Govt doubles cash incentive for primary textile sector
In order to support the Tk 300 billion primary textile industry in the country, the Bangladesh Government has doubled the cash incentive for the functional mills from the current five percent to 10 percent for rest of the fiscal year 2011-12.
Bangladesh's primary textile industry has been badly hit by declining sales during the past few months due to fluctuations in the international cotton prices and the European Union (EU) relaxing its import rules.
The Ministry of Finance's latest decision would increase the burden on public exchequer during the current fiscal by around seven billion Tk.
Besides raising the cash incentives, the Ministry directed the Bangladesh Bank (BB) to transform the ailing textile units' short-term loans into long term debt obligations, to save the textile units from turning defaulters.
The decision of increasing the cash incentives, which has been made applicable from July 2011 onwards, would benefit the spinning as well as weaving textile units under the Bangladesh Textile Mills Association (BTMA).
However, the benefit would also be made available to the BTMA members who procured cotton at higher prices during August 2010 to March this year.
As per the Ministry order, any decision as to whether the textile mill owners have paid higher prices to procure cotton would be taken based on their six month's average purchase price since August 2010.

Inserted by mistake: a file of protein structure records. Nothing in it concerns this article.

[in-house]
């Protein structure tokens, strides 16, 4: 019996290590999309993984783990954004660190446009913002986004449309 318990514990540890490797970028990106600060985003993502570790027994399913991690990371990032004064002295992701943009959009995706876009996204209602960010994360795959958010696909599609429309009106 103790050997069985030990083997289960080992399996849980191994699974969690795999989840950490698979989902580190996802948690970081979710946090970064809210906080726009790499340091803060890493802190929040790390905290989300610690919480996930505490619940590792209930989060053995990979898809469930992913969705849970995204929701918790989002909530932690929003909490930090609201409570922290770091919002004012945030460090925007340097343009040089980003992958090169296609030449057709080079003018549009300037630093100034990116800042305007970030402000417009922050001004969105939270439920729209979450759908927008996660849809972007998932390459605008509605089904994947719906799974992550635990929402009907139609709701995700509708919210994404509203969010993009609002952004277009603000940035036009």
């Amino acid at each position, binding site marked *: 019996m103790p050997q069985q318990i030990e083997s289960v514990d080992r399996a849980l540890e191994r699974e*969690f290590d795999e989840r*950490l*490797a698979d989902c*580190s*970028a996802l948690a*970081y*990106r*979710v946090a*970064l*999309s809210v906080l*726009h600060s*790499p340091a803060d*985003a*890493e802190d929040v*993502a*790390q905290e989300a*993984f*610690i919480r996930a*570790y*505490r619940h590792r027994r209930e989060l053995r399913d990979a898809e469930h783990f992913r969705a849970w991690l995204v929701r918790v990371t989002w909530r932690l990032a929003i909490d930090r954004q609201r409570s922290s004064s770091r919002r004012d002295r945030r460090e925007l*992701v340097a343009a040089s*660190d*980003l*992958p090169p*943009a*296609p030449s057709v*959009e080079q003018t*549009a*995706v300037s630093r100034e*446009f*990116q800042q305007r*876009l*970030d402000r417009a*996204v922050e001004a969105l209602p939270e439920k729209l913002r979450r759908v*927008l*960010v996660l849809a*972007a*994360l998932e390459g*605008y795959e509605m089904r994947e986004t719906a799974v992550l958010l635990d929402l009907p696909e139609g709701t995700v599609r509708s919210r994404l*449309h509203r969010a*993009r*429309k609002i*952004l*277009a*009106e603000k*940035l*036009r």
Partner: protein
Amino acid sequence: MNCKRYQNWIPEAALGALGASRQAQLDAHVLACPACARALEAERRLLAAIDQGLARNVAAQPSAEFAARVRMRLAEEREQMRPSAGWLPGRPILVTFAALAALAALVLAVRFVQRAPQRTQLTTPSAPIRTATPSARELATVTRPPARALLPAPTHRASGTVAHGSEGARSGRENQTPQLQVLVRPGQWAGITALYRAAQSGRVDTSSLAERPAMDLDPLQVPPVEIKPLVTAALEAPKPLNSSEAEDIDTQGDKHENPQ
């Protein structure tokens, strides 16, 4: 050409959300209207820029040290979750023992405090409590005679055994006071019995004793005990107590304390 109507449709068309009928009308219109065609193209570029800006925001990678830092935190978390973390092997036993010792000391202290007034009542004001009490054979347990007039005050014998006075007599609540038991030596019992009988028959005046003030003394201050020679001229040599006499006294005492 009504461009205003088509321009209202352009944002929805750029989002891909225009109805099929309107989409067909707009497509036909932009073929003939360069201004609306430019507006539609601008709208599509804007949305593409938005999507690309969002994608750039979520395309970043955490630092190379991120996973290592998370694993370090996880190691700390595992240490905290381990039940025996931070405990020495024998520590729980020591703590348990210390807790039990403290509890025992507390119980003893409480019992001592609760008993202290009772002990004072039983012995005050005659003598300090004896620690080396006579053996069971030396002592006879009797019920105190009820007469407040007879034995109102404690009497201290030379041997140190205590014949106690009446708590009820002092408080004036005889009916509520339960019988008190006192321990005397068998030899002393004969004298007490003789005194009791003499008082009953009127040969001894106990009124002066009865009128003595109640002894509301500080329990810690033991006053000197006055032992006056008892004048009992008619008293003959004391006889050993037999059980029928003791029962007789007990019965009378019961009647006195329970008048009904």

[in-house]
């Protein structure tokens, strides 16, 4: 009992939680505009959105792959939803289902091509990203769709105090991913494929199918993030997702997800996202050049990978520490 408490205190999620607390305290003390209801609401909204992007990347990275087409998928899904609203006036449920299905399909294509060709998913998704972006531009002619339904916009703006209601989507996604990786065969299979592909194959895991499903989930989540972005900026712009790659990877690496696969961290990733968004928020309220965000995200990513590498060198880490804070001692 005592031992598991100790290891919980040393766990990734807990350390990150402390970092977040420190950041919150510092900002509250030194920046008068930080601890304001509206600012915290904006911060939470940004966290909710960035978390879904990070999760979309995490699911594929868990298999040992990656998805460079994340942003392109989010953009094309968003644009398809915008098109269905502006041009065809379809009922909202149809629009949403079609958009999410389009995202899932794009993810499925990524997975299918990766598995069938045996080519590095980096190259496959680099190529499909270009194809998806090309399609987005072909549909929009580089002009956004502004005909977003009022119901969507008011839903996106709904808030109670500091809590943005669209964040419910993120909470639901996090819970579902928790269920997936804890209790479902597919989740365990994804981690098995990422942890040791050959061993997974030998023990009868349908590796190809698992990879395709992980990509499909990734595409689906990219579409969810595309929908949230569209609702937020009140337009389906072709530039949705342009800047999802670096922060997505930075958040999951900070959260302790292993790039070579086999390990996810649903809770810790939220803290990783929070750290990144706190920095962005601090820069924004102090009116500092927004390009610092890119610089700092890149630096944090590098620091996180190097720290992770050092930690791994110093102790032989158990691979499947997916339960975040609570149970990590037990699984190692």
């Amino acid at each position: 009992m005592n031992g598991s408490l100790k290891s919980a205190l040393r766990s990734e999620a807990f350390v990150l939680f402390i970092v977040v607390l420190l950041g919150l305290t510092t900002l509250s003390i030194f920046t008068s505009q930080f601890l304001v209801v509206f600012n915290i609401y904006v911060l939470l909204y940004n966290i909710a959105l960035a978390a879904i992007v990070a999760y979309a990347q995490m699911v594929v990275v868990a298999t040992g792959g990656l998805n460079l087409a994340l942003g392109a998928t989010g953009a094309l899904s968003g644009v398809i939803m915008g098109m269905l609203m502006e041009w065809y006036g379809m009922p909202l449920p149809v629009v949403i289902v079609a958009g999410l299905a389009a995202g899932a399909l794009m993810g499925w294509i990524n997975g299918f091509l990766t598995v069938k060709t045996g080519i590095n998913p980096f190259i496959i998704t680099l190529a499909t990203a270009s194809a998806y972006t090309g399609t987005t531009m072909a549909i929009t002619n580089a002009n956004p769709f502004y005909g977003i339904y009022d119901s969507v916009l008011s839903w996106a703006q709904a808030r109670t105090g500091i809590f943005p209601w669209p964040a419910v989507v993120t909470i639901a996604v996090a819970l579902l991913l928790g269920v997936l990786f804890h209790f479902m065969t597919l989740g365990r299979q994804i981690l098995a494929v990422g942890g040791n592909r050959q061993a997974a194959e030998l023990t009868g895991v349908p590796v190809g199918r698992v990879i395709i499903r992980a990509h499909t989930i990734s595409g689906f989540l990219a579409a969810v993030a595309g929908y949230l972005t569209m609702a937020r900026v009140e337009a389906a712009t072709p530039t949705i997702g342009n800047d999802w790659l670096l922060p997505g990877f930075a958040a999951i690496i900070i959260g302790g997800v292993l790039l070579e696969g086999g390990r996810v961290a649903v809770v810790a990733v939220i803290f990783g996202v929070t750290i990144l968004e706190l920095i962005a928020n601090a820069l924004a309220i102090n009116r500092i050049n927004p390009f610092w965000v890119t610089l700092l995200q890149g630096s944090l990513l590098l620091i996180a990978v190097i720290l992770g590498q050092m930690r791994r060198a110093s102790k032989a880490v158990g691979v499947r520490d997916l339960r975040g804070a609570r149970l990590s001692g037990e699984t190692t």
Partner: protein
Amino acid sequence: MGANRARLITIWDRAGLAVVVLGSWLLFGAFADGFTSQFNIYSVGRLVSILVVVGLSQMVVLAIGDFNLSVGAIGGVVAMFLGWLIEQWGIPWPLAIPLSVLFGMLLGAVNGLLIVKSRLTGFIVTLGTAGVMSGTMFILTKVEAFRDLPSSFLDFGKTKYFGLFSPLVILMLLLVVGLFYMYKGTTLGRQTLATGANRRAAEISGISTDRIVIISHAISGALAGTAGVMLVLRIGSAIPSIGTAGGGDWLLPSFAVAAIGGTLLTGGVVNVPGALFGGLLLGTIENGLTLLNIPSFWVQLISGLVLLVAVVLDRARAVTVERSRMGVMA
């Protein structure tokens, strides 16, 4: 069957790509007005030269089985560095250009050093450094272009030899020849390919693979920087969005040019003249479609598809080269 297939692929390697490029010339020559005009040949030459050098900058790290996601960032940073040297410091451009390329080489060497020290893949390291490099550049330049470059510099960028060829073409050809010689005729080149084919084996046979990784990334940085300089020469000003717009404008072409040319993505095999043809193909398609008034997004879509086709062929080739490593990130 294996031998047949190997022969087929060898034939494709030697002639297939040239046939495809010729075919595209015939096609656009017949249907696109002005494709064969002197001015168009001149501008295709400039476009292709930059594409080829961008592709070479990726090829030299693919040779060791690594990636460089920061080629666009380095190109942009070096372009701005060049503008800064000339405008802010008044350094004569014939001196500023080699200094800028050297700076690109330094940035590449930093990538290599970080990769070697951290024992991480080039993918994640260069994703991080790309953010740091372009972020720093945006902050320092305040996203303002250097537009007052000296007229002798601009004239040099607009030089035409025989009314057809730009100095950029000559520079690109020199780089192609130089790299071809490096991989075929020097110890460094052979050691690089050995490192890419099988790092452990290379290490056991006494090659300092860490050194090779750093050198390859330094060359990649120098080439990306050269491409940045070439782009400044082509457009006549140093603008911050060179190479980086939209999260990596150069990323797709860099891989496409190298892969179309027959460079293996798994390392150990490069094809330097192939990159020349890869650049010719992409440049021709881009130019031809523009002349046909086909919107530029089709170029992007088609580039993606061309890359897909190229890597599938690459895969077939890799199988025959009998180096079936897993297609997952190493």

The Government's move of raising the subsidy amount in a protective manner has been appreciated by the textile millers as well as the BTMA leaders. Earlier they had placed a demand for a 15 percent subsidy, terming it as their sustenance support against external threats.
As stated by the textile millers and the BTMA members, absence of markets for selling products, may lead to a collapse of the primary textile sector of the country, as they may end-up accumulating large amount of stocks worth around Tk 60 to Tk 70 billion.
Owing to their capital intensive nature, the domestic textile firms involving large scale investment in domestic as well as foreign currencies are now finding it difficult to find markets to sell their products even at a price much below their production cost. This is mainly because of a crash in international cotton prices as these mills had procured cotton from international markets by paying higher sums.
Moreover, EU's move of easing its import regulations since January 2011 has also affected these textile units, as it has allowed a duty-free access to the Bangladeshi garment producers to ship their goods to the 27 nation bloc even if these goods are not made from domestically produced yarn.
Earlier, the domestic textile mills enjoyed a guarded local market as the old EU rules required the garment producers to procure fabric and yarn from domestic market to avail duty-free access to the EU markets.
The primary textile industry of Bangladesh comprises ofweaving, spinning, dyeing, printing and finishing. Until now, the industry had been playing a vital role as a backward linkage industry for knitwear and garment industries by supplying the yarn and fabric requirements of the units in these industries.